Sabah won’t allow coal mining at Maliau Basin, Shafie says

The Maliau Basin in Tongod, Sabah.

KOTA KINABALU: Chief Minister Shafie Apdal today assured that the state government will not approve any mining activities at Sabah’s coal-rich Maliau Basin.

Responding to a supplementary question by Joniston Bangkuai (PBS-Kiulu) at the state assembly sitting here today, Shafie said Sabah is not looking to coal as an alternative energy source.

“There is already a coal industry in Singapore, and how many plants are there in the peninsula?

“If we wanted coal as an alternative, we could import it from Kalimantan, which would be cheaper. But that’s not what we want to do,” he said.

The Senallang assemblyman added that the government has already planned measures to ensure a consistent supply of electricity.

Joniston had asked for assurance from the state government that no mining activity would be allowed at Maliau Basin, given its previous statement that mining could be considered there.

Shafie said he had discussed with Petronas the possibility of using gas, and that the state government is also looking at power generation from the Ulu Padas hydroelectric dam.

“Investors have complained about this – electricity is not enough, the cost is high but supply is inconsistent. Also (they complained that) water is not sufficient and road access is poor.”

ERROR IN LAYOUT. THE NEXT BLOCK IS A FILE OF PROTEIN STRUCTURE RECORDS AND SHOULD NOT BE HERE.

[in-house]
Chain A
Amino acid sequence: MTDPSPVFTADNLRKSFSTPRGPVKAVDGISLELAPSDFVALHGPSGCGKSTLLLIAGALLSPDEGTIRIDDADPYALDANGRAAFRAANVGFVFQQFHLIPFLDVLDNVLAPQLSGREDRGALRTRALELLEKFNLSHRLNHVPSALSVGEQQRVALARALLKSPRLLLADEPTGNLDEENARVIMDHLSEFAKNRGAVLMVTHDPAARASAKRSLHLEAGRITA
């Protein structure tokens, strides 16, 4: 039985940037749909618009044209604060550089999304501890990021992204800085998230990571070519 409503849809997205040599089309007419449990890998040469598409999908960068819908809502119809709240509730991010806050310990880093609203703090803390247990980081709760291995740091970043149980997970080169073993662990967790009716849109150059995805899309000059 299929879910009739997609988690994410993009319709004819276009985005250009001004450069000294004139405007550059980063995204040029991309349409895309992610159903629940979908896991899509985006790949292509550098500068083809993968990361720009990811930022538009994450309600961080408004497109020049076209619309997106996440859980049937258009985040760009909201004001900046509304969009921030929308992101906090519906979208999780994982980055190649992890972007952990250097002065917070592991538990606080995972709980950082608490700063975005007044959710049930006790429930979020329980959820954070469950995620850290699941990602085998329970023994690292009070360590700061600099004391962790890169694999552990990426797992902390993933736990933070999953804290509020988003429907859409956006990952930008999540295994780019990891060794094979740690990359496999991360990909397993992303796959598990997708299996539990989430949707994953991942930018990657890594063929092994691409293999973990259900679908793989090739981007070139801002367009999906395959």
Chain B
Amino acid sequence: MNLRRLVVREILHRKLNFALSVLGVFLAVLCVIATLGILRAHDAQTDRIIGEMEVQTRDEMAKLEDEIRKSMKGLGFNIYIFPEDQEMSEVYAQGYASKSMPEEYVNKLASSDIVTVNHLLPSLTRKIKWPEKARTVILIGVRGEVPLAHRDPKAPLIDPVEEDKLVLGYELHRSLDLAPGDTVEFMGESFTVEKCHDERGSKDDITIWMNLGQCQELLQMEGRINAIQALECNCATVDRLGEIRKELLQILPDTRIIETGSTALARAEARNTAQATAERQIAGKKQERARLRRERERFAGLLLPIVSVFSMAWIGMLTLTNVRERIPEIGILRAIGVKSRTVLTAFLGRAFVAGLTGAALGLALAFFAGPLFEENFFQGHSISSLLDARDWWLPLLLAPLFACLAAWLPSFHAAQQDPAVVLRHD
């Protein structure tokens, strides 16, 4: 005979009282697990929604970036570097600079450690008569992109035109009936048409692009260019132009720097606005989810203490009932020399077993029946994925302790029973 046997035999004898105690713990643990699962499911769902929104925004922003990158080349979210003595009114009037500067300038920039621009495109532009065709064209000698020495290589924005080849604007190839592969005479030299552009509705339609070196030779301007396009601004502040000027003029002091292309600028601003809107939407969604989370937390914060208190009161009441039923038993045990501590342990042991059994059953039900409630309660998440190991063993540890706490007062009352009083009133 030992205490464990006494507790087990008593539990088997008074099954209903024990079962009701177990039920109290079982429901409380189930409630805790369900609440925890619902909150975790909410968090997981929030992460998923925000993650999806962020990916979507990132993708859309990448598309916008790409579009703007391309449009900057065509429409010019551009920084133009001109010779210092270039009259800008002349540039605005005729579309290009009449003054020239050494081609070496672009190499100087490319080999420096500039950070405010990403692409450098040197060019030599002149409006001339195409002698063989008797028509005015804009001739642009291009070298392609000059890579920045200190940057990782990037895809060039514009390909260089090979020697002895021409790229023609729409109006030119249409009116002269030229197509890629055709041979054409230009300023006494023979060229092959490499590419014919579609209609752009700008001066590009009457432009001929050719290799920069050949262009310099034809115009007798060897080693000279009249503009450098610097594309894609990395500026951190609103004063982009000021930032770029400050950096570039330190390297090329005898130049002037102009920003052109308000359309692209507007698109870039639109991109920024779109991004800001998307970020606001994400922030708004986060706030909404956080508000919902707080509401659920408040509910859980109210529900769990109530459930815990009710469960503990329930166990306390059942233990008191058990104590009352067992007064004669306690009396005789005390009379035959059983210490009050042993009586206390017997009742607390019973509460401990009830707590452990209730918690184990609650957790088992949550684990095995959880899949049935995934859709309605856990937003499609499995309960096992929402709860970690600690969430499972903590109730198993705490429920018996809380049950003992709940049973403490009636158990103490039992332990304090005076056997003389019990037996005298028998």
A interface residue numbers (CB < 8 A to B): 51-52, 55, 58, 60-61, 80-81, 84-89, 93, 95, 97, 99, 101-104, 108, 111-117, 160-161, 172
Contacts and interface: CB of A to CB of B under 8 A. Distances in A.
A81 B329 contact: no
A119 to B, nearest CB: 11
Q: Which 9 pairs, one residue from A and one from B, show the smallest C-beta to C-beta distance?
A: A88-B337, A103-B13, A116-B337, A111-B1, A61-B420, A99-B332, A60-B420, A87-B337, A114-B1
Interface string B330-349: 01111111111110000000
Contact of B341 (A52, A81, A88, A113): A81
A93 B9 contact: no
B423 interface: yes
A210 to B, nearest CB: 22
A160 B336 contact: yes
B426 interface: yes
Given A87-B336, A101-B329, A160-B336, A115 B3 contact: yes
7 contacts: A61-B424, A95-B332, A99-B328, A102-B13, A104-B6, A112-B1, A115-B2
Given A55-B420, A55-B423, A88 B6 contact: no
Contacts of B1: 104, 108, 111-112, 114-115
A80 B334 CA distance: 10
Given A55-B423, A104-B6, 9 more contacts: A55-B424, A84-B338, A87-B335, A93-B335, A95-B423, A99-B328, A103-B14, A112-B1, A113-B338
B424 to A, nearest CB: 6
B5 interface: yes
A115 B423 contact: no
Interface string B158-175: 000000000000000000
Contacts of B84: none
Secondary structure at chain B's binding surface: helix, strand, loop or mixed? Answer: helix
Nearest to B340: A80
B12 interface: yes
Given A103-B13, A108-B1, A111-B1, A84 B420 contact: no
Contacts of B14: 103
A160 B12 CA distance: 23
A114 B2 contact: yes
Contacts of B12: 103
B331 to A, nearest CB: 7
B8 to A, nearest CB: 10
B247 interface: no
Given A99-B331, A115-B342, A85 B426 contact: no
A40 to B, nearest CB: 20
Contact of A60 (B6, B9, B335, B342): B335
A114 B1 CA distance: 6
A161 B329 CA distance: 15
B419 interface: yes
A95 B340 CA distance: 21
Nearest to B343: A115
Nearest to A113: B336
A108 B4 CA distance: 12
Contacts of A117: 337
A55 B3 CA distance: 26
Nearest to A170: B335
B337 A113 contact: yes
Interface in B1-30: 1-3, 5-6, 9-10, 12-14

He said Sarawak is able to produce electricity more cheaply thanks to the Bakun dam.

“So we will not approve coal mining – that is, under my leadership and that of the Warisan-led government,” the Semporna MP added.

He also said the government would review the 5% royalty from the single company allowed to mine for gold at Bukit Mantri in Sabah’s east coast Tawau district.

He said the company had so far produced more than 378kg of gold worth over RM65 million on the market. To date, though, it has only settled about RM1.3 million of the RM3.2 million royalty payment, he added.

“These are our resources from Sabah but only 5% is charged. For instance, in Kelantan, they are charging 10% royalty. Why didn’t the previous government consider this?

“We have the authority… as of now, we are demanding 20% oil royalty from Petronas but here we are, it is within our means, and yet we enforce 5%?

“That’s why we need to do a review but we know there is an agreement in place so I cannot say we will cancel the agreement,” Shafie said, adding however that Sabah must benefit from the operations.

He added that the government will only grant mining licences to state government-linked companies although they will be able to enter into joint ventures with private companies.